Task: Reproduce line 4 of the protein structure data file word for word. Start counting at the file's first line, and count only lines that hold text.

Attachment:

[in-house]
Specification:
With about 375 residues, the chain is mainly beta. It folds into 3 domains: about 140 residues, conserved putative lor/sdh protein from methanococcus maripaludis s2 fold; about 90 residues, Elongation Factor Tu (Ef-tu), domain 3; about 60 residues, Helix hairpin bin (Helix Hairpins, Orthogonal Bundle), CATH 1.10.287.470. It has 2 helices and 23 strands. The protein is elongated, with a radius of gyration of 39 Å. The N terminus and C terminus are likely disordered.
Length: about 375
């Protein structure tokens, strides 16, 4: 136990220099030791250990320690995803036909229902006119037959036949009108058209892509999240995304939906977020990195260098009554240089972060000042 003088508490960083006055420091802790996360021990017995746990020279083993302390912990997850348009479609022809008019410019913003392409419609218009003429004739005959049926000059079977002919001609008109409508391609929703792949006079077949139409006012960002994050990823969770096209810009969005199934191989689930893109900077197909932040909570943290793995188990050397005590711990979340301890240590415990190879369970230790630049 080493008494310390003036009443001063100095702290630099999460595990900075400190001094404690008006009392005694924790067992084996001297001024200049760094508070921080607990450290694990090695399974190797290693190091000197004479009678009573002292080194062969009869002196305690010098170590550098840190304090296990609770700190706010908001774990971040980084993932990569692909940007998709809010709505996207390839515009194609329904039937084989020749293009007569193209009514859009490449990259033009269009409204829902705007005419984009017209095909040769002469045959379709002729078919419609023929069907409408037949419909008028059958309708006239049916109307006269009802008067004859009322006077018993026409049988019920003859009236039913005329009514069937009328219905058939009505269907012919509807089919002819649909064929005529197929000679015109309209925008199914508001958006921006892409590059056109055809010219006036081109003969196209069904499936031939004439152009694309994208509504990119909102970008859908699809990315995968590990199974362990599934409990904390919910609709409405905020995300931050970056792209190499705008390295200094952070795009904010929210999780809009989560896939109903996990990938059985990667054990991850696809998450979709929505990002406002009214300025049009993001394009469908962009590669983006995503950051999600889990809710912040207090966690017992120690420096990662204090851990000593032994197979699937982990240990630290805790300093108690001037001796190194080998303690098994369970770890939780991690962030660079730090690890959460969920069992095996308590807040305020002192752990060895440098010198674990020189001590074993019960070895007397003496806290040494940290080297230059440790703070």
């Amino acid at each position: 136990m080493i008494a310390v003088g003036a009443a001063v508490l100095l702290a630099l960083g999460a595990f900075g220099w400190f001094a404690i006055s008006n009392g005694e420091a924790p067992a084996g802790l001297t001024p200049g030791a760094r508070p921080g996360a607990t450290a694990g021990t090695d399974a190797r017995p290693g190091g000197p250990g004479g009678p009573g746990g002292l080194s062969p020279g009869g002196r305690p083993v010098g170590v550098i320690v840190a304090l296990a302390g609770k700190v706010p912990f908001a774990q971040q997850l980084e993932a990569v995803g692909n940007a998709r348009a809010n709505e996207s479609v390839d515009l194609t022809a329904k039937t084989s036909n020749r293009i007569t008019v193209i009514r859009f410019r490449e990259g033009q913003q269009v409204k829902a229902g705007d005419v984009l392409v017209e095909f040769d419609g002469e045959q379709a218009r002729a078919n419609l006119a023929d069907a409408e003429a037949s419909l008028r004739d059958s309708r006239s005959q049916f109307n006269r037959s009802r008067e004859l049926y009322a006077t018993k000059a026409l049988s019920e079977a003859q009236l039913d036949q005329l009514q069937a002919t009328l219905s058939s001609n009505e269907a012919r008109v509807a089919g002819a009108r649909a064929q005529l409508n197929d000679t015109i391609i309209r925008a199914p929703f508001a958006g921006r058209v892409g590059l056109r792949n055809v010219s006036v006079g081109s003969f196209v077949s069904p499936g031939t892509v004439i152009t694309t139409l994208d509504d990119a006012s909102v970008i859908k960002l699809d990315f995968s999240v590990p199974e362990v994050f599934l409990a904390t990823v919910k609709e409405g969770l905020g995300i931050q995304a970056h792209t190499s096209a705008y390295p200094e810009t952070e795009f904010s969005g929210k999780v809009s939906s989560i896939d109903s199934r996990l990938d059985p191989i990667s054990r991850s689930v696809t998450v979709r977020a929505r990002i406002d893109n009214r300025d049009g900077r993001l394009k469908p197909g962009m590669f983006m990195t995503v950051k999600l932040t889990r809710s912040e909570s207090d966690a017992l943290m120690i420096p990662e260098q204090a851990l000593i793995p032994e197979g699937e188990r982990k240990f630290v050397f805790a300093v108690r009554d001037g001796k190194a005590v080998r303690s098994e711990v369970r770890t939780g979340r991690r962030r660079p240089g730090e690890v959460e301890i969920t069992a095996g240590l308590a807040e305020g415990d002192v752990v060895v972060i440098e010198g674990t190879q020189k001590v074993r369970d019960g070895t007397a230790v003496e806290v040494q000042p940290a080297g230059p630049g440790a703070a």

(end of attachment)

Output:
Length: about 375